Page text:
IT Strategy

The importance of having an IT strategy is inarguable.  Intuitively we all understand the need for one. Although surprisingly, a recent survey we conducted of 100 Fortune 500 CIOs across the U.S. found that majority didn’t have a strategy that was ratified, aligned with business objectives and funded.

We know that strategic management is critical to organizational development as it aligns the mission and vision with operations. So why is it that some CIOs do not have a formal strategy? Our respondents overwhelmingly told us, their inboxes were filled with email subjects like: “Website is slow”, “Project behind schedule”, “Security breach…”, and the infamous “Budget overruns”.  And that is just a sampling of the 400 or so emails they receive each day.  That’s not counting the endless vendors who want just ten minutes of their time to talk about cloud, unified communications, and architecture consolidation.  No time for strategy!

If marketing and sales are handling an increasing amount of customer data, IT can start planning for how they will handle that by either increasing data storage on site, moving to the cloud or boosting the capabilities of the data analytics team. If these sorts of data storage and analysis faculties are found to be lacking, then plans can be made to either shore them up internally or to look for an outside IT consultant that this task can be outsourced to.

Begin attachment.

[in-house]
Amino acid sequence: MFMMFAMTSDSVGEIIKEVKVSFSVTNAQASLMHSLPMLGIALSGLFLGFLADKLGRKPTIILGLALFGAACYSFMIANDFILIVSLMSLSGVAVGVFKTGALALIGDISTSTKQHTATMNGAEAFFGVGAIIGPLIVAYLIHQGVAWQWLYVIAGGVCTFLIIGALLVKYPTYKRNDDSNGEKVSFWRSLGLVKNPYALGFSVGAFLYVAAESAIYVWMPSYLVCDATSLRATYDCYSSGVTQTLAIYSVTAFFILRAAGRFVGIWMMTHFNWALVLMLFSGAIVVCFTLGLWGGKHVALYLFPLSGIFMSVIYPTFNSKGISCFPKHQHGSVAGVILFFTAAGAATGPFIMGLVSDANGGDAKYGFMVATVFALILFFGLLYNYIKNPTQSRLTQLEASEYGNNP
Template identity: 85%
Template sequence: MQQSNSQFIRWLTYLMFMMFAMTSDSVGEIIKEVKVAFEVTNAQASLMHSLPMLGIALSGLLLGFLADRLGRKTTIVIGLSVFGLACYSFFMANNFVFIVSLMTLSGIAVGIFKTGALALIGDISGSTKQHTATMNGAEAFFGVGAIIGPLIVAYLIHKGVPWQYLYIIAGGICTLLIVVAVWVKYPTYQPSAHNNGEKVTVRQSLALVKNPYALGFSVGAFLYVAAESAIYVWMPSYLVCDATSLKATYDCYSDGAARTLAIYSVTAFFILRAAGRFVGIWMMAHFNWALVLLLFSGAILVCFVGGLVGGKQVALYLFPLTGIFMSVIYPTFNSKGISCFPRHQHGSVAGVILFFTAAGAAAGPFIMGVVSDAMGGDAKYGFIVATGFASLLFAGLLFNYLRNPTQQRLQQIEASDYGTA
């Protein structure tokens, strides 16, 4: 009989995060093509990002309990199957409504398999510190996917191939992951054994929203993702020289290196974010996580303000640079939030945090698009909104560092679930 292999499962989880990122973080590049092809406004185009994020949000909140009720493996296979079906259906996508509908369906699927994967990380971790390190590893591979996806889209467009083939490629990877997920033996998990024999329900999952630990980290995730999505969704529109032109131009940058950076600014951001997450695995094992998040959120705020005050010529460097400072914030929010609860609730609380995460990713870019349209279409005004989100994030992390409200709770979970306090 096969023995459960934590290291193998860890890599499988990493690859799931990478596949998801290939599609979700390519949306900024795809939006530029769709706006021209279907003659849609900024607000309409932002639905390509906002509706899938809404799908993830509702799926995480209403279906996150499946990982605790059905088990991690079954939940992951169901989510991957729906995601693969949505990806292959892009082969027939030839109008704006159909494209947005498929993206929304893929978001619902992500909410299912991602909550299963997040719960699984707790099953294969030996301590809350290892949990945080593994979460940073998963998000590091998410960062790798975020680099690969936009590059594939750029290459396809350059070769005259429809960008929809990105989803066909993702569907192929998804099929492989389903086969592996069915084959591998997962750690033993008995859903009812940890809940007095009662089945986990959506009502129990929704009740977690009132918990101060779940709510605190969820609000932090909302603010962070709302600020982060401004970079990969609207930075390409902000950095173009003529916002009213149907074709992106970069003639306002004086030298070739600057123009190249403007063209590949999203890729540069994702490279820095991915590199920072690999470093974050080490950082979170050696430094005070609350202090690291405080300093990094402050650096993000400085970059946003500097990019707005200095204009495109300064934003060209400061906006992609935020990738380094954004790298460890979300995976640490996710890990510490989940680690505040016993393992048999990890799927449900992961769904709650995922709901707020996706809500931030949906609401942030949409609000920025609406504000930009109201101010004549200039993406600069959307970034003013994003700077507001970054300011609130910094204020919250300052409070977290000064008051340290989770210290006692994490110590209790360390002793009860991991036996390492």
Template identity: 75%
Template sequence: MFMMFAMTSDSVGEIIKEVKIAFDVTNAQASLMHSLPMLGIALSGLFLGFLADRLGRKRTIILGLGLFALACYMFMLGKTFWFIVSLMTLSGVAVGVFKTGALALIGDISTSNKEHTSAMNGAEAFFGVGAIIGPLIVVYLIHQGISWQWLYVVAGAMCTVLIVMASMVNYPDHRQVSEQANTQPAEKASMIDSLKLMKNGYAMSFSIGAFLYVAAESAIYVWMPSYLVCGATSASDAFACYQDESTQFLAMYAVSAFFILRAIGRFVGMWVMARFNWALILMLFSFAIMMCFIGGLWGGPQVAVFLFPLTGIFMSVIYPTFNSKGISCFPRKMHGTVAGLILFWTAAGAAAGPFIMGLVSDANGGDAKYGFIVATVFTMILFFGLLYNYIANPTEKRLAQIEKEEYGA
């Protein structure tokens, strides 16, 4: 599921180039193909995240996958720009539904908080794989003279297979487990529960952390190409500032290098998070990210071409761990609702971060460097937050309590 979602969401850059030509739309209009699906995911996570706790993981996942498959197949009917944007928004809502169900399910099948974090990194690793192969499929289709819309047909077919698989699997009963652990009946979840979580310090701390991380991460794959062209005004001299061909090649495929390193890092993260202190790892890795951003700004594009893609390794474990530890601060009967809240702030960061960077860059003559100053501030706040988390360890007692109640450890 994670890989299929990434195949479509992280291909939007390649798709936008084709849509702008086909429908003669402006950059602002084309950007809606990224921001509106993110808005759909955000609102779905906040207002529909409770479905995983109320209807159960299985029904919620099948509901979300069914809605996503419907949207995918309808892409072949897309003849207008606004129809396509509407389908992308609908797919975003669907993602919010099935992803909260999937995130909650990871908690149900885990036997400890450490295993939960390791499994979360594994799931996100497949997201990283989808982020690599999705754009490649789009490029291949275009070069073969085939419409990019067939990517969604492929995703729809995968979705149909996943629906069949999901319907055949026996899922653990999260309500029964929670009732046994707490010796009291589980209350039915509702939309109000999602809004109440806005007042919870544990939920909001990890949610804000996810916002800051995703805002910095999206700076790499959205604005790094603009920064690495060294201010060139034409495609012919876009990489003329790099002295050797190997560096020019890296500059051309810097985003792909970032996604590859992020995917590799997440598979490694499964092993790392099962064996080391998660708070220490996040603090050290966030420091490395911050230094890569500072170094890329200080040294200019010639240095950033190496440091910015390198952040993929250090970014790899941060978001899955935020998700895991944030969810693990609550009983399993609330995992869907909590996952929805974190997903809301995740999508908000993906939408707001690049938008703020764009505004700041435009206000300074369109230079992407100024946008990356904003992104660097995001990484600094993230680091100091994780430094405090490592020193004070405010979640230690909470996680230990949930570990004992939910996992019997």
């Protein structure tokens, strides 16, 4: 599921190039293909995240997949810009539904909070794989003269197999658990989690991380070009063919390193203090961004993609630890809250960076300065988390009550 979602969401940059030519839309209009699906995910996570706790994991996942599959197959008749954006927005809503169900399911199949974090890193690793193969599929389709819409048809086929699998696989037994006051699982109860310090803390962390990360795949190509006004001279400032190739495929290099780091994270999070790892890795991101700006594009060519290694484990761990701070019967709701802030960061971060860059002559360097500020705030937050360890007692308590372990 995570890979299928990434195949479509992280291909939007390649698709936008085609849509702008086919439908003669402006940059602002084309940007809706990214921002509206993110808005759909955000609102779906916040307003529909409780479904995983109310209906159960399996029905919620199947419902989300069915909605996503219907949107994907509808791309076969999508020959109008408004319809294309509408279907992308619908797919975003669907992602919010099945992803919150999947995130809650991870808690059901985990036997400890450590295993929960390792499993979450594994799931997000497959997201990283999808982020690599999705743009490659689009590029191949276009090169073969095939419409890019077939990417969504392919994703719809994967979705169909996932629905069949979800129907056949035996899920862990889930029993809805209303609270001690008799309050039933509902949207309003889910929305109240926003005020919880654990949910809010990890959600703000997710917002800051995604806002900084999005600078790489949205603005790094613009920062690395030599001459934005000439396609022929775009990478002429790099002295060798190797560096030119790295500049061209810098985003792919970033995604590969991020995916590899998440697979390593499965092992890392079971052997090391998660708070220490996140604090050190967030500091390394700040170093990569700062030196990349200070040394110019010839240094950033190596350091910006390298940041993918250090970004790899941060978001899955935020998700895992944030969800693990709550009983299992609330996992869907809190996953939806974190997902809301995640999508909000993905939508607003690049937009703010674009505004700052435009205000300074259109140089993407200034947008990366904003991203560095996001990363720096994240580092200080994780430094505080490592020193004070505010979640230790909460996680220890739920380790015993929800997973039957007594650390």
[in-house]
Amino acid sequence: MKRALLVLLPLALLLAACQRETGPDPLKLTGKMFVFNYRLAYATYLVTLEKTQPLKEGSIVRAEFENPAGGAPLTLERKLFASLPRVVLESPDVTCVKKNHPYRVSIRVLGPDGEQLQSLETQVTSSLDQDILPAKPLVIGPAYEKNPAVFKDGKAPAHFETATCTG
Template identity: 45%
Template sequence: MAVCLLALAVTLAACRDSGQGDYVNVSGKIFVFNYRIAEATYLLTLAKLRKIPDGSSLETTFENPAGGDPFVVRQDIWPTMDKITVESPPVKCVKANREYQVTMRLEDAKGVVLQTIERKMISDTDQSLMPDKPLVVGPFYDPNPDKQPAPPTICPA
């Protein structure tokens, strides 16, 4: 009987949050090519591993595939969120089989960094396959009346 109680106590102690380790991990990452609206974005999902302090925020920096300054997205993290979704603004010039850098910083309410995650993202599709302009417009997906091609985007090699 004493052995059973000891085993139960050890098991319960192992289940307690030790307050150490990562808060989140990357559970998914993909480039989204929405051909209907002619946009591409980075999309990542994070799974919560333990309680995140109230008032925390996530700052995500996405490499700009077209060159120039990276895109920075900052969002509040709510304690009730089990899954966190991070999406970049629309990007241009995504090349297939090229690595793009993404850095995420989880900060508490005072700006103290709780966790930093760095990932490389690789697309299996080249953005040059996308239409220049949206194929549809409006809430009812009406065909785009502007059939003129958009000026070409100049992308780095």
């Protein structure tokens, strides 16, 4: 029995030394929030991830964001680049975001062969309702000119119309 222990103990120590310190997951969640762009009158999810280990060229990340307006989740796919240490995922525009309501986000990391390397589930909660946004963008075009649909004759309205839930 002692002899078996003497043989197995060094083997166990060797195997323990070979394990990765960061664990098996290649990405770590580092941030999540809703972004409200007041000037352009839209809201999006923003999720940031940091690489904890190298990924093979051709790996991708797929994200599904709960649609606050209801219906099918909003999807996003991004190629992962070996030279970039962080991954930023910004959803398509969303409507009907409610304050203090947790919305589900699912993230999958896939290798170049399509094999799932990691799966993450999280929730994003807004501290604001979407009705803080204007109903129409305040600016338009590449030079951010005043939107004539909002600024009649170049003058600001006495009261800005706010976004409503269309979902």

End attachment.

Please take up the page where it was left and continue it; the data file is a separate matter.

As 2014 came to an end, every functional area of a company developed and presented its plan for 2015.  They outline the strategies and tactics that they will implement into core business goals for 2015. IT is no exception to this.  What we have found is that IT strategies are not typically aligned with the corporate objectives, business development and EBITDA.  But rather tied to more tactical goals such as, capital refresh to the infrastructure, network upgrades, enterprise software upgrades, and the occasional capital line item for new technology innovation (that typically gets cut in the final budget approval).

IT has taken on an increasingly integral role in the way all other parts of the company operate. Every department from marketing to sales to human resources relies on IT to provide day-to-day support of their applications and overall access to the company’s IT infrastructure.

When developing the IT Strategy:

  • The CIO must not only chart IT’s path, but chart the paths of every other department along with it. IT must start earlier, understanding the business’ needs from the bottom up and getting a head start on implementing them.
  • The IT strategy must be tied to business drivers otherwise it is not “if” there will be a catastrophic failure but “when”.
  • CIOs can’t just think of IT strategy in terms of technological solutions. They must think in terms of business goals and opportunities.

We are also seeing CIOs being replaced with CMOs and CFOs who will direct technology development and innovation based upon business goals and financial objectives. What is going to be the economic and operational consequence of this? CIOs must figure out how to become relevant and become a contributing partner with business operations.

Next week we address the economic and operational impacts of not having a stated strategy.


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